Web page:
ANDREW JOLIVETTE [continued]: Society teaches us these things.And so they're not just purely biological.They are also social and they arevery meaningful in a sociological context.[When, where, and how do individuals begin to definetheir gender and sexuality?]Now, our next question here is, when and where and how

    • 04:03

      ANDREW JOLIVETTE [continued]: do individuals begin to define their gender and sexuality?Well, gender and sexuality, as well as sexual orientation,begin at birth.Across the span of every individual's life,this is constantly changing and evolving.How one might identify, in terms of their gender,might change from when you're six or seven years old or 18

    • 04:26

      ANDREW JOLIVETTE [continued]: years old.To further illustrate what I meanby the social construct of gender and sexuality,I often share with my own students,when my grandmother-- she'll be 92 years old.And when she was in her early 20s, and even to this day,women were not supposed to wear pants.

    • 04:47

      ANDREW JOLIVETTE [continued]: That was a social construct.And so when I ask my students, I say, oh,how many of you-- and I ask them to raise their hands-- howmany of you would let your son-- if he was seven, eight, nine,10 years old-- if he wanted to wear a dress to school,would you let him wear a dress?And some of the students, they say, yes.Some of them say, no.But the majority are still kind of like, oh, Idon't know about that.And that is because I tell them that also

    • 05:08

      ANDREW JOLIVETTE [continued]: is a social construct.It's based on our ideas about norms and values of today.And just like today, we see women wearing pants everywhere.In the future, I'm sure we will see men wearing dresses.In fact, if we go back and look throughout history,that was something that happened.So we created this idea of what's normaland what's not normal.

    • 05:29

      ANDREW JOLIVETTE [continued]: And so as I was saying, gender and identity,specifically sexual identity, shiftsand continues to change over the span of our lifetimes.And how we self-identify is basedon these societal constructs and self-ascriptions.These things that are placed onto us by institutions,such as churches, or schools, our own families.

    • 05:52

      ANDREW JOLIVETTE [continued]: But it's also based on our own lived experiences and behavior.[How are individuals forced to perform socially ascribedgender and sexual identities?]Sex and gender are not the same.They're often conflated.Sex is a biological construct, somethingthat is supposed to be fixed, whereas genderis something that's changeable.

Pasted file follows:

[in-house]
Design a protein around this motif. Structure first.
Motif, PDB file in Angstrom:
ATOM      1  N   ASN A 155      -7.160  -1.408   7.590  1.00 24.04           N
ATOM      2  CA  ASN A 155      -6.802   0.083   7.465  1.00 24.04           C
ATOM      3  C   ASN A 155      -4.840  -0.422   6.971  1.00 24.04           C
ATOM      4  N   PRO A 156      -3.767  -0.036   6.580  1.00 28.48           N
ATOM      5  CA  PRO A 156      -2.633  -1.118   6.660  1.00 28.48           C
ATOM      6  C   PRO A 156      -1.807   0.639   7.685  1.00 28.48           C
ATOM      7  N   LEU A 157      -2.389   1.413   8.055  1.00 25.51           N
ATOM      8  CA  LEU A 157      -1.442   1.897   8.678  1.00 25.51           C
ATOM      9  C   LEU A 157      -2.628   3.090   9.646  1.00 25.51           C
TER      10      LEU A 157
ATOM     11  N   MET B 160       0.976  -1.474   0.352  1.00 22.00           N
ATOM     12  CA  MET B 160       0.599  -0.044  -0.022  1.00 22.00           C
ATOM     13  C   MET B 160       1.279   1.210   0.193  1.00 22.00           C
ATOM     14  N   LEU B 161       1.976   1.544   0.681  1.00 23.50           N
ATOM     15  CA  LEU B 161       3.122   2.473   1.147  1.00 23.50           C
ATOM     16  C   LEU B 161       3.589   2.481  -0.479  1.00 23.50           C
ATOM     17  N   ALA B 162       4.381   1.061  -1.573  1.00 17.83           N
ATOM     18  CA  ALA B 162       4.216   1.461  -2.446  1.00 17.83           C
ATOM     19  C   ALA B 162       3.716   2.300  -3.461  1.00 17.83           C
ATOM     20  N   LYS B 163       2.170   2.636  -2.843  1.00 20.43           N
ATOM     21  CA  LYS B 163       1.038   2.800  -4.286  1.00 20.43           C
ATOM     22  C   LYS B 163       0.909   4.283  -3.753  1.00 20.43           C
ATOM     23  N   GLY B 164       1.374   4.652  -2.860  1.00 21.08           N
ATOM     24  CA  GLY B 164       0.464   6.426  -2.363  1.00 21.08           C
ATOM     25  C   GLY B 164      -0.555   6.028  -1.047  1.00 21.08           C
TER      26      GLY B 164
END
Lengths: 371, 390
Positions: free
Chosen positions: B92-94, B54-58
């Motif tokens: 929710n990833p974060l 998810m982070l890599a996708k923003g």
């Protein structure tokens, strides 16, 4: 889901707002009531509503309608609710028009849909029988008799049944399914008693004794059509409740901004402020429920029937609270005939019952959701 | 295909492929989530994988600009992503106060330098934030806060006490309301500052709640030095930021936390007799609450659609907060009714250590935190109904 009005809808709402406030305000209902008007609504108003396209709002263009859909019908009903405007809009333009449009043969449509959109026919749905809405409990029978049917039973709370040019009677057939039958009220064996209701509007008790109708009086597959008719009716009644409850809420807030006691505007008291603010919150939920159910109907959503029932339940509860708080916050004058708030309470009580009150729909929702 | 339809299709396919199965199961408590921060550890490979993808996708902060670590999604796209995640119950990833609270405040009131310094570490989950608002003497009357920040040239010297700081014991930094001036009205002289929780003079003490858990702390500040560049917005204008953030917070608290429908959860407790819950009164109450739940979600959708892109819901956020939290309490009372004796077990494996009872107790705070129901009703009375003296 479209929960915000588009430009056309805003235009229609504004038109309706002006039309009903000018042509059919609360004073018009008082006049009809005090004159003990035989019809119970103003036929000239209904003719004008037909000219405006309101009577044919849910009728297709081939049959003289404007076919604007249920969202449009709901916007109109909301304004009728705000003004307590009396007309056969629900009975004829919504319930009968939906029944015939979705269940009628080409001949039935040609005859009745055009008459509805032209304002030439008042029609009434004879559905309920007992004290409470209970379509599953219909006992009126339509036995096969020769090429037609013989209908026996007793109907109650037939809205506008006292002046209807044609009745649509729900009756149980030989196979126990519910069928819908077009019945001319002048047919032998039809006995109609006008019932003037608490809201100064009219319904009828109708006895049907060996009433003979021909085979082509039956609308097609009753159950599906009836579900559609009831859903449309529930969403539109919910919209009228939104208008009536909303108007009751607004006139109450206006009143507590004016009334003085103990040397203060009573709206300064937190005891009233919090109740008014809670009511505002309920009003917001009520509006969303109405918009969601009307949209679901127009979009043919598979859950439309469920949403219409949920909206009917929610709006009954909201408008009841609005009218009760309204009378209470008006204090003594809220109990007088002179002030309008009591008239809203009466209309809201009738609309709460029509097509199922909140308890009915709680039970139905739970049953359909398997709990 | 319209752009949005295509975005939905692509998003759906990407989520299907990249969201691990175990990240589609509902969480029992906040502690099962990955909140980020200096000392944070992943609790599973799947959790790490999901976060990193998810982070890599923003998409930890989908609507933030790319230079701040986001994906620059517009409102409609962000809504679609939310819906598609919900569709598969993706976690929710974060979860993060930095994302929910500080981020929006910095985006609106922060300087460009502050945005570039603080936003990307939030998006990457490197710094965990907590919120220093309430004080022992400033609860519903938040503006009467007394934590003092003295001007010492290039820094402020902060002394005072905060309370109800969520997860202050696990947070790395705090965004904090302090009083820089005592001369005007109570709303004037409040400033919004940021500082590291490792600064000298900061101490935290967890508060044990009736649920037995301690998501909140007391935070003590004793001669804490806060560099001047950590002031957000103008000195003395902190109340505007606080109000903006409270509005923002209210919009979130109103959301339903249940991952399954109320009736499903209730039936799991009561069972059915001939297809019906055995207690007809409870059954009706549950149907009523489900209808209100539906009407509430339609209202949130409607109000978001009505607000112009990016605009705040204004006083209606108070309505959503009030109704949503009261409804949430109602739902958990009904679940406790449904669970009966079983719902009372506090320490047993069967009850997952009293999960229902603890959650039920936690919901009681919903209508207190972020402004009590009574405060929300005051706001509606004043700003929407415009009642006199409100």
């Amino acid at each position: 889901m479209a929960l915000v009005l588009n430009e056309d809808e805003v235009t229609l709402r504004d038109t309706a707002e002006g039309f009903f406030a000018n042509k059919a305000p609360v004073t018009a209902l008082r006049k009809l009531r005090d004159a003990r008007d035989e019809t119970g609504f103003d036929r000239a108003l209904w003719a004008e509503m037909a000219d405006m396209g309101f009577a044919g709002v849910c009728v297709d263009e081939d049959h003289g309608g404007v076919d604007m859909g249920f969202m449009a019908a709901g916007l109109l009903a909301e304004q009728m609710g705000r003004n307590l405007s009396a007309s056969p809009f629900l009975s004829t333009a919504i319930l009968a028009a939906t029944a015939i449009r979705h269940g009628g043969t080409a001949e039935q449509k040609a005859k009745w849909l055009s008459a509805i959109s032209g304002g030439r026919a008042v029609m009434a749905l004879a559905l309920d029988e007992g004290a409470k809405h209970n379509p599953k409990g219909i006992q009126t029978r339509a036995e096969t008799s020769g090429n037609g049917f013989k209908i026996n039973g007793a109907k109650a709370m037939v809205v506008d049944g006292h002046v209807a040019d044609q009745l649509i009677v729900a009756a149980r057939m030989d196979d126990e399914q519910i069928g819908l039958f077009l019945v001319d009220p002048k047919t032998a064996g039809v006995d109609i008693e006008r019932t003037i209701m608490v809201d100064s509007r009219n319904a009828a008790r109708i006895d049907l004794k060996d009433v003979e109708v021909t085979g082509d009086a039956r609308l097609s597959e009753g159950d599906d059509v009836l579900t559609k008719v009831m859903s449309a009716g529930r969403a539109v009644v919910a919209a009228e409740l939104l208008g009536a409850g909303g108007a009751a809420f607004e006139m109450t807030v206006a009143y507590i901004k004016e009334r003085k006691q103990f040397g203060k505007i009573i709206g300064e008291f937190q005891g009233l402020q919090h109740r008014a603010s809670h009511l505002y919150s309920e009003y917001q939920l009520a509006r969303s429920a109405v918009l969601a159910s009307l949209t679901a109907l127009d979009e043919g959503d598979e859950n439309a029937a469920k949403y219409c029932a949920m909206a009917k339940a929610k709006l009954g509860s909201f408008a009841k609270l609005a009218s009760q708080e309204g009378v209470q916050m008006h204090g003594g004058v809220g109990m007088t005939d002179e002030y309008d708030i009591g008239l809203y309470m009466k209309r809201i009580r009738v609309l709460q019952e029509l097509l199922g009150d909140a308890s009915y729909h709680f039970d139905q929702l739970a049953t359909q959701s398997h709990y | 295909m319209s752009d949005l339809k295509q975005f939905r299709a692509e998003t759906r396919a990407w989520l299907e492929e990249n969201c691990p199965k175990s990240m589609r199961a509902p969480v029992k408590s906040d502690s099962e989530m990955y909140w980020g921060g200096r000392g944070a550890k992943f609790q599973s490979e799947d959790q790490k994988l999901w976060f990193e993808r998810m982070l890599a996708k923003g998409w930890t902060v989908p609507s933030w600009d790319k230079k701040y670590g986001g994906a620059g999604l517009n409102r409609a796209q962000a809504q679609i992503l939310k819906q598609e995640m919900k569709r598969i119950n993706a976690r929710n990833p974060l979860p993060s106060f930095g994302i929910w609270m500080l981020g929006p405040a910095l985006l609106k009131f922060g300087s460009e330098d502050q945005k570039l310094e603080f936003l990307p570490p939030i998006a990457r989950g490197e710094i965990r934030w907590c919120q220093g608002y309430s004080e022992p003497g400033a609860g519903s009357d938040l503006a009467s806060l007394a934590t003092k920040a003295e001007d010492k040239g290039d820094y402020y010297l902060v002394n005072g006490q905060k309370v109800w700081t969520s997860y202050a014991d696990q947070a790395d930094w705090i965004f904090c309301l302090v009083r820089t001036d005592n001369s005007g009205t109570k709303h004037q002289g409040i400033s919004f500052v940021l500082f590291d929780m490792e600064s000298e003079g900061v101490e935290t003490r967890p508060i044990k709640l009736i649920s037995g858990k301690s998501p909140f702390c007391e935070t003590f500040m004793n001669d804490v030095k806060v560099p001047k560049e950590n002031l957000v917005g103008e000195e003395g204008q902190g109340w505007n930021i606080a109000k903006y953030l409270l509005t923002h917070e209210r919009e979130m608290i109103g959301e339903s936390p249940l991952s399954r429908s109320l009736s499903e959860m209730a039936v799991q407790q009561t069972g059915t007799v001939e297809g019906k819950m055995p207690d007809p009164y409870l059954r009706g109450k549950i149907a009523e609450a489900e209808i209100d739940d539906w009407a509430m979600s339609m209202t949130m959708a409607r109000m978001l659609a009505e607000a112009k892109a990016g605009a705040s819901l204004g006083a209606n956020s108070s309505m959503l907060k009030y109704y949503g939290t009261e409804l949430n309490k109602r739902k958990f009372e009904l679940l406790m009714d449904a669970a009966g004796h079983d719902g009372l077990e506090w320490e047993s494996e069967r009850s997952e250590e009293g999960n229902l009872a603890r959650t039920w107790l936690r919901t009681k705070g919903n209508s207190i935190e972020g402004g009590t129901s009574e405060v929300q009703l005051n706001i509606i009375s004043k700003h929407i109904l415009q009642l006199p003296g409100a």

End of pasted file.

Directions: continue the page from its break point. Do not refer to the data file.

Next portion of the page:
• 06:13

      ANDREW JOLIVETTE [continued]: It is behavioral.And so often this causes us to perform identity.How are we often performing identities?So individuals are often forced to perform identitiesbecause they want to fit into these ascribed or forced genderand sexual identity categories.what do I need to do to prove I'm a real manor real woman, when there is no one real way

    • 06:35

      ANDREW JOLIVETTE [continued]: to be a man or a woman.This is why it's a social construct.So if we look at the beginning of these issues in the UnitedStates, at birth, society constructs specific rolesfor biological males and females.And we often conflate gender with sex,when sex is biologically determined

    • 06:57

      ANDREW JOLIVETTE [continued]: and gender, as I was saying, it'sa behavioral factor, a phenomenon.Now, while both sex and gender are not fixed,mainstream US society forces individualsto choose an identity as either male, female, heterosexual,or LGBT.This is based on limited rather than open or vast options.

    • 07:18

      ANDREW JOLIVETTE [continued]: Why would we not want to, as a society,give individuals and groups more options and more choices?[How have individuals and groups challenged ascribed genderand sexual identities?]How have individuals and groups challengedascribed gender and sexual identities?Ascribed status is the social status

    • 07:40